A while back Dan Steinhardt from Epson and Josh Haftel from Nik Software proposed a class for Kelby Training on Black and White printing. Of course we jumped at it because this is always a hot topic. Plus, you really can’t get two people more knowledgable and relevant in this area, as Epson is the go-to printer, and Nik Silver Efex Pro is the go-to black and white software.
Why I Declined To Be Part of the Class (At First)
Anyway, as planning for the class came closer, Dan asked if we could do a roundtable discussion on what inspires us about B&W photography and asked if I would participate. After giving it some thought, I declined because I’ve never been into B&W photography. I didn’t shoot black and white when I was young, and I don’t have this nostalgic feeling or appreciation toward black and white photography (until now, but more on that in a minute).
So, to be fair, I asked Dan if I could simply be there to facilitate the discussion rather than actively participate in my feelings on the topic. I thought maybe (with my limited feelings toward B&W) that I could actually help the discussion a bit because I’d be approaching them from a fresh point of view. They agreed and that’s what we did.
The Lightbulb Moment
During the first lesson these guys roped me in immediately. Around the 2:30 point in the first lesson Dano (that’s what we call Dan) started talking about how black and white belongs to photographers. Color had been available to painters for a long time, but black and white was something that photographers could call their own. Then Josho (that’s not what we call Josh 😉 by the way) jumped in with his thoughts and I was hooked from that moment. He said (and I’m paraphrasing here), “That black and white allows us to focus on things that we see all the time, but break it down into shape, form, texture, etc…”. It’s funny because I’m sure everyone reads into things differently – but to me, what Josh was saying started making perfect sense. As photographers, we know people are drawn to certain things in a photo (bright areas vs. dark, sharp areas vs. blurry). It was at this point I realized that in it’s simplest form, black and white photos can really help people focus in on the subject in a photo and let us (as the photographer) show off that subject in a very basic way. I think it’s why I’ve always like black and white wedding photography. The brides dress is white right? That’s what you look at and that’s what you should look at so it’s a perfect match. There’s obviously many more great examples and much more to this topic, but that was really a breakthrough moment for me and has gotten me interested in shooting more black and white photos.
Watch This Class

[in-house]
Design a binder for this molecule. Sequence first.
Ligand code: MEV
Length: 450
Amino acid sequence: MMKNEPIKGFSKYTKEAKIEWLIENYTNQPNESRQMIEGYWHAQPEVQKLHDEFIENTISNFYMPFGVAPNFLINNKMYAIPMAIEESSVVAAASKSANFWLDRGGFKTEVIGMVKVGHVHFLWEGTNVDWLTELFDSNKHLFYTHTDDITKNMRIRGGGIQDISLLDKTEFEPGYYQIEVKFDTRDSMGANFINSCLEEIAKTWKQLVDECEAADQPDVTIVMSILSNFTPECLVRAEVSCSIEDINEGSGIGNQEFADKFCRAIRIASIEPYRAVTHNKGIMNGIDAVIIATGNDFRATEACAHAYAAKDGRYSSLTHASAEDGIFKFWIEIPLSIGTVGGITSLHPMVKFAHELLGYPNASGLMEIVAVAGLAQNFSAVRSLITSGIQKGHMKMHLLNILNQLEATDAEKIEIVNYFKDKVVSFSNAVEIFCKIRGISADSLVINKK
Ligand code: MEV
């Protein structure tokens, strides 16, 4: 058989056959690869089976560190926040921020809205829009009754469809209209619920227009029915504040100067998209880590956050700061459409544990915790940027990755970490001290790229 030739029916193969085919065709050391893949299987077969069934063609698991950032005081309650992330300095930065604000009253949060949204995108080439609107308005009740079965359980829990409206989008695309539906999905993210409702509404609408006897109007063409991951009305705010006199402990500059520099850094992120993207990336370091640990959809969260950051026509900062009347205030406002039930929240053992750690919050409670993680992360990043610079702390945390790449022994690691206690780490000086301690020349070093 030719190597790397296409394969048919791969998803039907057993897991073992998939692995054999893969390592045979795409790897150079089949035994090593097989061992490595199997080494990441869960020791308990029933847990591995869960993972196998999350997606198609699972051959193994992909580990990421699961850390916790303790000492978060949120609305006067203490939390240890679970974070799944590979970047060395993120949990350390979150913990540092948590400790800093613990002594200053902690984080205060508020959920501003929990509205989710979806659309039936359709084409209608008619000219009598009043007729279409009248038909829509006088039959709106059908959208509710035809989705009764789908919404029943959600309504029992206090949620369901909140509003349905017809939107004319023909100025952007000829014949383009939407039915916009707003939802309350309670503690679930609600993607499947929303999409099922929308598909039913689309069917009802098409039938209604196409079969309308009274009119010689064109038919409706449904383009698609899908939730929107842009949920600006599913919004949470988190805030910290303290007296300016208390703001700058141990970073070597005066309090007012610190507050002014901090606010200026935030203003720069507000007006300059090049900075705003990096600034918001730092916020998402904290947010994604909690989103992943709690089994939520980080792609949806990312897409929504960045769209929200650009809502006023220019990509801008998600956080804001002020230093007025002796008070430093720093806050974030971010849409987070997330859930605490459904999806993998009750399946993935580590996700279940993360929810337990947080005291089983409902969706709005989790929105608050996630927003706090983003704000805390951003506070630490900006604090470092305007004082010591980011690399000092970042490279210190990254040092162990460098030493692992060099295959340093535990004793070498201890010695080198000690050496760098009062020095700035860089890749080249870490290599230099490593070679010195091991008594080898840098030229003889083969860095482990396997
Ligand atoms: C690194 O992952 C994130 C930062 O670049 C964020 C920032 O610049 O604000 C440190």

I have to say, if there’s any one course that has helped me grow artistically (and trust me, I’m not a very “artsy” kinda person so I don’t often say this – in fact I’ve never said this), it was this one. I encourage you if you’re a Kelby Training subscriber to log in and check out this course. If you’re not a subscriber, then you should be. There’s over 300 courses on there which takes your subscription price down to less than $1 dollar per class. Enjoy!
I have not watched the class yet (watching Scott’s Paris class) but it is up next. Like Bill above I have the same software and printer and I’m looking forward to the class.
Matt I’m glad you are taking a fresh look at B&W. Being older than you I might have some nostalgia for B&W (love the old classic movies) but I have always loved the pure light, form, and texture of B&W photography.
Great classes at Kelby Training, keep them coming.
I really enjoyed the class. As an oldtimer, I lived in the darkroom. Read Ansel Adams and anything I could get my hands on( limited compared to today).
I thought your lack of B&W education made a good counter-point to the experts and enriched the conversation.
@Bill – if you want a good primer on color printing, check out John Paul Caponigro’s classes on KT or on his website.
Thanks for the class; I really enjoyed it. As a user of LR, PS CS6, SEP2, and an owner of an Epson 3880, I felt like you were talking right to me. You definitely contributed by leading the discussion at the beginning, and I appreciated your B&W viewpoint. My favorite parts of the class: the review of papers, Dan’s review of the Advanced B&W print mode (I’ve never tried it), and Josh’s SEP demos. I got more enjoyment than I should have watching Dan flounder through the print driver menus. That’s exactly how I always feel with that stupid software. I think that section of the class should be required watching for the Epson software developers, and they should be embarrassed. Not that other print drivers are any better; they all suck! Seems like there’s a home printing breakthrough for the first company that can get that right.
I assume you’re already pursuing the obvious followup class, color printing? That’s probably more in your wheelhouse, and I’d be interested in the paper discussion with maybe a Color Efex Pro tie-in.